Why You Should Consider Moving Your Money to a Minority-Owned Bank

It can help address racial inequities while providing all the financial services you need. Here's how, plus some banks to consider.

Black person using an ATM Lacey Browne

The current movement for racial reconciliation has raised awareness of the centuries-long wealth gap in America between whites and people of color—and of the role Black-owned banks can play to bridge it.

Some companies are turning awareness into action. Last June, Netflix announced plans to shift $100 million into Black banks and other financial institutions, in order to bring more capital to communities of color “and make a meaningful difference for the people and businesses in them.” That same month PayPal made a $530 million commitment to support Black-owned community banks and businesses. By September, Biogen, a biotech company based in Cambridge, Mass., moved $10 million to OneUnited Bank, the nation’s largest Black-owned bank.

The surge is coming from individuals, too. In 2016, before the corporate investments, OneUnited challenged members of the Black community to open an online account with the bank and invite 20 friends to do the same. By year’s end the #BankBlack challenge saw $20,000,000 in new deposits to the bank.

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Even if you don’t have a team of money managers or hundreds of millions to shift to Black-owned institutions, you can still start an account with a bank dedicated to investing in underserved communities.

If you are interested in doing that, we have compiled a geographically varied list of such banks. All are insured by the Federal Deposit Insurance Corp. They offer a full range of personal and business banking services within their communities but are also open for business to remote customers through mobile and online banking. We also provide tips below on how to safely and efficiently move some or all of your banking to a new financial institution.

We focused on banks that are classified as minority depository institutions (MDIs), where 51 percent or more of voting stock is owned by minority individuals. At the end of 2020, there were 144 MDIs in the U.S., 18 of them Black-owned.

The banks below are also certified as community development financial institutions, a designation awarded by the Department of the Treasury to institutions that offer loan rates and terms more flexible than traditional lenders, so banking services are more available to underserved populations and communities. (Assets listed for each bank are as reported to the Treasury Department on Dec. 31, 2020.)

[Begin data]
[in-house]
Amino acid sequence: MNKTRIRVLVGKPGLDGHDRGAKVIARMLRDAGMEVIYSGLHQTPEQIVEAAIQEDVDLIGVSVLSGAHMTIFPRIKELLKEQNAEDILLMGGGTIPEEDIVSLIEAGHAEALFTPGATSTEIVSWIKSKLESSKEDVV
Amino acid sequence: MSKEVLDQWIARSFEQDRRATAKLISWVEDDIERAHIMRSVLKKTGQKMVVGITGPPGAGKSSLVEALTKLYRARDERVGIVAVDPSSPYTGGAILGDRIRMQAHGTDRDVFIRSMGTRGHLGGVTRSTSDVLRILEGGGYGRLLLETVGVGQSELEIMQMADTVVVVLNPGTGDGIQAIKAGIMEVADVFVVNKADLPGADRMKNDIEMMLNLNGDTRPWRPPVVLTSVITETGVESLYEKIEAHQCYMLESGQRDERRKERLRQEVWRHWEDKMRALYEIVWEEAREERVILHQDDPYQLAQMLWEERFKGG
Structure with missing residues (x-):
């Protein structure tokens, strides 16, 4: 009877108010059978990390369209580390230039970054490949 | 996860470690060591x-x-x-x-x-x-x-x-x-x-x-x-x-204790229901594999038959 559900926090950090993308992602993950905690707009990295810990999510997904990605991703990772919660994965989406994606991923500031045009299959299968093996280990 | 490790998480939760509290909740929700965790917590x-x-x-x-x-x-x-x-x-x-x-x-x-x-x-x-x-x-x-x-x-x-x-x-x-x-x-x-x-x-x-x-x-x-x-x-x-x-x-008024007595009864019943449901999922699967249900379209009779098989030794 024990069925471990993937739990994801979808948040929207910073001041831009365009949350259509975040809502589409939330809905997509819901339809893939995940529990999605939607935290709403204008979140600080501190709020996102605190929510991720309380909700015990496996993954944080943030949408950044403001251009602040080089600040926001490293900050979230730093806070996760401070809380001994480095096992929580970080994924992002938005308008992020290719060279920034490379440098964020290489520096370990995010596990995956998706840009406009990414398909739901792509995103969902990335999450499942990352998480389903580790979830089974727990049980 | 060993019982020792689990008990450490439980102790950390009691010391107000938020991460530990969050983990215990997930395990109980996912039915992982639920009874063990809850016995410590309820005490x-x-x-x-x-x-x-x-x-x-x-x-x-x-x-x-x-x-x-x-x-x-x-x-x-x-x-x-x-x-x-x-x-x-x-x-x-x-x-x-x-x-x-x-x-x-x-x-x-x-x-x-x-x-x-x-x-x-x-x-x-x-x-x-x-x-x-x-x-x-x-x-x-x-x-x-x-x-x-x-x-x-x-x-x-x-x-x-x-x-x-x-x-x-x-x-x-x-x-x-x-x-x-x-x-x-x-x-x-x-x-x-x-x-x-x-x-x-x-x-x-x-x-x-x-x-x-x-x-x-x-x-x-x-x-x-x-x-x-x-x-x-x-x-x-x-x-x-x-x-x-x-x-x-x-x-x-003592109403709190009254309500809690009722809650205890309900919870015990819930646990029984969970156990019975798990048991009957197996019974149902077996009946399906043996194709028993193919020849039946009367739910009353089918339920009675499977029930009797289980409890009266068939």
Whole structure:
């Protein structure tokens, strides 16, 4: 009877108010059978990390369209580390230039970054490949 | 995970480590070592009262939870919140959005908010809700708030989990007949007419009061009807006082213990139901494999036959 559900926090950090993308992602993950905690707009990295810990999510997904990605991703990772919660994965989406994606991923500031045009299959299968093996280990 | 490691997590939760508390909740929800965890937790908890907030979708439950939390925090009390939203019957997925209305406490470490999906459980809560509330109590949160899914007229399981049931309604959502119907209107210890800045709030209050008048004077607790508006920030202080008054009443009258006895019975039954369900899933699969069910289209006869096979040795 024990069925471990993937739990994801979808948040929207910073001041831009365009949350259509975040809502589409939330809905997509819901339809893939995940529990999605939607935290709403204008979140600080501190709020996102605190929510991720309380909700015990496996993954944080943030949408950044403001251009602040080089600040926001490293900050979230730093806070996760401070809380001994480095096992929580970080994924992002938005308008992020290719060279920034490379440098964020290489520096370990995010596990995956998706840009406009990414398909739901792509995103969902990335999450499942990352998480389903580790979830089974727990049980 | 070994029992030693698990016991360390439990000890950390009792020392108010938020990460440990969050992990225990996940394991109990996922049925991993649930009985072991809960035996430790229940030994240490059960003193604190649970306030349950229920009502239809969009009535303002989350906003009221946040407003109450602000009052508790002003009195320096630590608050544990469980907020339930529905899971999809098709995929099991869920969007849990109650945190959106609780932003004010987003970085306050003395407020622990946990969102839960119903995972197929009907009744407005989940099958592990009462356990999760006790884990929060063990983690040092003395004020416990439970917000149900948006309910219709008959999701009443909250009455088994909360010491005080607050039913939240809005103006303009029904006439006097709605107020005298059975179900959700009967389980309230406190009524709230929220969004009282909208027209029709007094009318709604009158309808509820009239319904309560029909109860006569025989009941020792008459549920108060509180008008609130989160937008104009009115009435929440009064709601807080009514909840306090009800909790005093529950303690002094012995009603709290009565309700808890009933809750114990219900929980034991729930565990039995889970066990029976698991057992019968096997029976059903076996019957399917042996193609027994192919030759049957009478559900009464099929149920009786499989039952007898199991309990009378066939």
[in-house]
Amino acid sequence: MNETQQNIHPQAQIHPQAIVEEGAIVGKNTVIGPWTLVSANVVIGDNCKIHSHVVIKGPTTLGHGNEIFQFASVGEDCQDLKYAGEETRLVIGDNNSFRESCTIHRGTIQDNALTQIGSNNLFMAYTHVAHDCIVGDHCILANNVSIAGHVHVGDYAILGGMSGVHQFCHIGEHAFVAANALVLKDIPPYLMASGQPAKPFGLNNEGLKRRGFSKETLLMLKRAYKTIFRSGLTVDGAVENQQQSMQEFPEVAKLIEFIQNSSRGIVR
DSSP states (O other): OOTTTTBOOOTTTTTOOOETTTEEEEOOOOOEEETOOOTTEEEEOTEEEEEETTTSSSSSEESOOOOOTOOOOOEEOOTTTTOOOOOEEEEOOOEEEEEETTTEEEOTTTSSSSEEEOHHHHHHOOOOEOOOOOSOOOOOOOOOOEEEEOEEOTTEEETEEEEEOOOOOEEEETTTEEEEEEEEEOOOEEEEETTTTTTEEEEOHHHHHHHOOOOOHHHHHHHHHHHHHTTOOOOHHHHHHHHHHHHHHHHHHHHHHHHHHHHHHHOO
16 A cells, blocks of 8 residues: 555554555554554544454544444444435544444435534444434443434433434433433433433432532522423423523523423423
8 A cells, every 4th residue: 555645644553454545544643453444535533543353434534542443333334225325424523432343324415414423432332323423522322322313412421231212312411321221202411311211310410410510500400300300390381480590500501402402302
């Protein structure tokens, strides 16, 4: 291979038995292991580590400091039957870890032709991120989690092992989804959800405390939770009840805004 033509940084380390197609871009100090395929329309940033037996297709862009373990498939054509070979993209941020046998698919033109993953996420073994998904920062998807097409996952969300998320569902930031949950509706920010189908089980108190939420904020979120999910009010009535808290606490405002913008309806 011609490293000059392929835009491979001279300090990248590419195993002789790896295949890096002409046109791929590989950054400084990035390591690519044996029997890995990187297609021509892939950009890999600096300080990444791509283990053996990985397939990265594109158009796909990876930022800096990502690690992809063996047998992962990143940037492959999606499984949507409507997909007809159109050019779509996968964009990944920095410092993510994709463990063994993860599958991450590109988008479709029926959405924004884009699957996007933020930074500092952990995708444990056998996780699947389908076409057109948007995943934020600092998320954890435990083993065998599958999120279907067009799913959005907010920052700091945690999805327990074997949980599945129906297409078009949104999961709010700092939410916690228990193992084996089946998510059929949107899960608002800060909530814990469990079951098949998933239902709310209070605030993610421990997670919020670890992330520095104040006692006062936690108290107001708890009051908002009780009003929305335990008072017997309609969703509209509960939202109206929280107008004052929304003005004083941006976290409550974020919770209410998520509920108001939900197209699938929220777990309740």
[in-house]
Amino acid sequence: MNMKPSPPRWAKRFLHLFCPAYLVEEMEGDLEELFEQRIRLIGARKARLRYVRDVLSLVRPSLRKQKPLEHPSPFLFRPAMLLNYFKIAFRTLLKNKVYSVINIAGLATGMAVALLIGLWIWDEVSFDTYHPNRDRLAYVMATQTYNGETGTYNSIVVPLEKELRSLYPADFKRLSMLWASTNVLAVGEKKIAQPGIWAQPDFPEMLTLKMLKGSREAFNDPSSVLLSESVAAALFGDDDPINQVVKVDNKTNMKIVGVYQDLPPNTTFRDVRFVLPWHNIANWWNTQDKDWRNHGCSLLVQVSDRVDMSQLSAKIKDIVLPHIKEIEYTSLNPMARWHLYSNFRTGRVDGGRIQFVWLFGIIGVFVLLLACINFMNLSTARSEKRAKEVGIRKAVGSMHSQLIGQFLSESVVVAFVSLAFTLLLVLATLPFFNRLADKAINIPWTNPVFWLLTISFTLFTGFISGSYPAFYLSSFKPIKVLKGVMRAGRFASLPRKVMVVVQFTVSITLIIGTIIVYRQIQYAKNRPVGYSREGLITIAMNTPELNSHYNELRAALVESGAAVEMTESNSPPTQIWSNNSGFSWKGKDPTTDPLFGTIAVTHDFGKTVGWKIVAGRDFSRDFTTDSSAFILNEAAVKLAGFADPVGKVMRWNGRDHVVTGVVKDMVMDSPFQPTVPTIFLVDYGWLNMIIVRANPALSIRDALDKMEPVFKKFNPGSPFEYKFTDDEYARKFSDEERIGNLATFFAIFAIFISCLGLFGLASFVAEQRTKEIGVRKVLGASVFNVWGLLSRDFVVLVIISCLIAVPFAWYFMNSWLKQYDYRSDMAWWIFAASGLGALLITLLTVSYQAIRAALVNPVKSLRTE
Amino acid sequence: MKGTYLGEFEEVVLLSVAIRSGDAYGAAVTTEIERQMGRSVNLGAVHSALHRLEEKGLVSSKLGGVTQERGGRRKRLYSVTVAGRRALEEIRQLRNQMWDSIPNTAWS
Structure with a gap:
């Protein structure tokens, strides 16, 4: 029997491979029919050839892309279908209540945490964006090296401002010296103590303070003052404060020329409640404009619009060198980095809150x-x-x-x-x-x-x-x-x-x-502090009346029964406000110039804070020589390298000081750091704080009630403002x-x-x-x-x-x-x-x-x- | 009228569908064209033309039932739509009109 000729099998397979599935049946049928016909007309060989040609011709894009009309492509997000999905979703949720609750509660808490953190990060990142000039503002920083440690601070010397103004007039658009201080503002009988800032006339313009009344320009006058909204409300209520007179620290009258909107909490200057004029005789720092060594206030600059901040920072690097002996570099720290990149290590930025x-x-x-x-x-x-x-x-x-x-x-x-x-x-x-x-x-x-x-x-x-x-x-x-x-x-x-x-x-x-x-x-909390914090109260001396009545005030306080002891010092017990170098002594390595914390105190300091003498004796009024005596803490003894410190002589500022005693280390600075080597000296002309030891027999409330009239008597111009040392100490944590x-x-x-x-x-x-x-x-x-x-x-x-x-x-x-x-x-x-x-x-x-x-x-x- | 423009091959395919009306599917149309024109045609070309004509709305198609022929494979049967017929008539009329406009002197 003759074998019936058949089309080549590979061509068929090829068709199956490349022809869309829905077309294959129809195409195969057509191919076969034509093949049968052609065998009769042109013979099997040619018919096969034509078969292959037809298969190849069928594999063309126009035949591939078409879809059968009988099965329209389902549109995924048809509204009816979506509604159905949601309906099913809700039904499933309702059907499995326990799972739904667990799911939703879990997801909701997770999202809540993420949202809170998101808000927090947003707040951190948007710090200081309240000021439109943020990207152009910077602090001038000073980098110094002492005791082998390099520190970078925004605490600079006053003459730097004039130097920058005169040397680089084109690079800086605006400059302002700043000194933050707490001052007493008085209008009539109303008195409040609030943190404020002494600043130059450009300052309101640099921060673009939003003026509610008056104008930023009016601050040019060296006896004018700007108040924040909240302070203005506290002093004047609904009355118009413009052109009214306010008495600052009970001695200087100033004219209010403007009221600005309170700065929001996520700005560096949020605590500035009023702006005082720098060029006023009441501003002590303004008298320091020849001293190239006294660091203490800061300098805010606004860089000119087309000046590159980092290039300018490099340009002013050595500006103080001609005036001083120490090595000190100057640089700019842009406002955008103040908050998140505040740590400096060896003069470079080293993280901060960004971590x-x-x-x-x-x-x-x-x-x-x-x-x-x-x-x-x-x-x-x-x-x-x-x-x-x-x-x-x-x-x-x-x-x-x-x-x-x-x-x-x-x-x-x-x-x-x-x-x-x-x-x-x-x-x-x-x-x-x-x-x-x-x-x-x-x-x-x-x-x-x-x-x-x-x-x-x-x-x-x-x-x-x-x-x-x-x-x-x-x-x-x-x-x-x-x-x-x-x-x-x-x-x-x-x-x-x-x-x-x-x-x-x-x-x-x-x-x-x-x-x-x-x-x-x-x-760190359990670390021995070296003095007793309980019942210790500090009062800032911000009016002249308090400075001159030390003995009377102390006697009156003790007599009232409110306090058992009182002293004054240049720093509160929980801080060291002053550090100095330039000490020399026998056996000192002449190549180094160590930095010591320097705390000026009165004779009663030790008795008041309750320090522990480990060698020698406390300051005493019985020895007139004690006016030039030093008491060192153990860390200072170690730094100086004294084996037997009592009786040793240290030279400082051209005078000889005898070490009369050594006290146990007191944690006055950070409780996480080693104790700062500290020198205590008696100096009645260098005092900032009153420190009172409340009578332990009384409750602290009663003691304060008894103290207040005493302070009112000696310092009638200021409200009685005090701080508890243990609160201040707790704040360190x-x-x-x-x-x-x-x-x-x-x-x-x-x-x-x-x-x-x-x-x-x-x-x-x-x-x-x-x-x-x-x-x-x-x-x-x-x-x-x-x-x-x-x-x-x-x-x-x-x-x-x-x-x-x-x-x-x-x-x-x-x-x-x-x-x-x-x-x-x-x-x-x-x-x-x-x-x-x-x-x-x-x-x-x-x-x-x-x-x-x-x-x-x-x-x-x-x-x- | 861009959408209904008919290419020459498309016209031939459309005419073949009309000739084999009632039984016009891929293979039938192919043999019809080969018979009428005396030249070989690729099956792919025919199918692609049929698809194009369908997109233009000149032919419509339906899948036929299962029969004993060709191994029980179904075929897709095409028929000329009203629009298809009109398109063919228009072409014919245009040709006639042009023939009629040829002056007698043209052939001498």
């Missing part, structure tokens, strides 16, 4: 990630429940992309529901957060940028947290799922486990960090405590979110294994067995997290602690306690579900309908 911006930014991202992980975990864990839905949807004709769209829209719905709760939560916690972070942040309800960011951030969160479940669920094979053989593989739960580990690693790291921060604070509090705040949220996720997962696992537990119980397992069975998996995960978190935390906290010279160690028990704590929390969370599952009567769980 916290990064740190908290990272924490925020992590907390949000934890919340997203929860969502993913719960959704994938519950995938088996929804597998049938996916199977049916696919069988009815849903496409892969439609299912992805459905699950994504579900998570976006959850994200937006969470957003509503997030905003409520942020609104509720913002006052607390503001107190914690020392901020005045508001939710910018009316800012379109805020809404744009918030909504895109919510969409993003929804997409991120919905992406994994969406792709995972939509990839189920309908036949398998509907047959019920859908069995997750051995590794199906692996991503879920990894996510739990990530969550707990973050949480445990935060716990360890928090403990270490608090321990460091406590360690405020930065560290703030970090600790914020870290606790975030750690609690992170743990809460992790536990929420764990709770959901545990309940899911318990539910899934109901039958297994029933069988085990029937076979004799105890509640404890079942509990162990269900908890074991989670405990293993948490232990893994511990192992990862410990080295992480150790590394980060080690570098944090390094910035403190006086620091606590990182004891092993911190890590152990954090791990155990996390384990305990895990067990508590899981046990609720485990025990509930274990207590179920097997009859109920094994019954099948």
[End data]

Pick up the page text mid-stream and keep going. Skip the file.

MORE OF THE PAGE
Pedestrians wearing protective masks walk past a Carver Federal Savings Bank branch in the Harlem neighborhood of New York, U.S., on Tuesday, Oct. 27, 2020
Pedestrians walk past a Carver Federal Savings Bank branch in the Harlem neighborhood of New York City in October 2020.

GettyImages-1229325437 GettyImages-1229325437

Where to Bank Black

Carver Federal Savings Bank, New York City
Founded in 1948 to serve Black communities with limited access to mainstream financial services, the bank’s reach goes beyond its Harlem headquarters. This February, in conjunction with the Society for Financial Education & Professional Development, a nonprofit that promotes financial literacy, the bank piloted a program at three historically Black colleges and universities to increase African Americans’ financial and investment knowledge to close America’s wealth gap.
Assets: $687 million
ATMs: 55,000 Allpoint locations nationwide

City First Bank, Los Angeles and Washington, D.C.
When City First merged this April with Broadway Federal Bank, based in Los Angeles, it became the largest Black-owned financial institution in the U.S., with over $1 billion in assets. The former Broadway Federal Savings and Loan Association was created in 1946 by a group of Black professionals to offer conventional loans to returning veterans and to address decades of disinvestment and socioeconomic discrimination.
Assets: over $1 billion
ATMs: 55,000 through Citibank branches, STARsf, and Allpoint network

Commonwealth National Bank, Mobile, Ala.
Commonwealth stakes its claim as the only bank, Black or otherwise, headquartered in Mobile, underscoring its commitment to the community. The bank opened its doors in 1976 to meet the needs of individuals and businesses previously denied equal access to financial services. Bank CEO Sidney King hosts a virtual “lunch and learn” series on creating and maintaining Black wealth.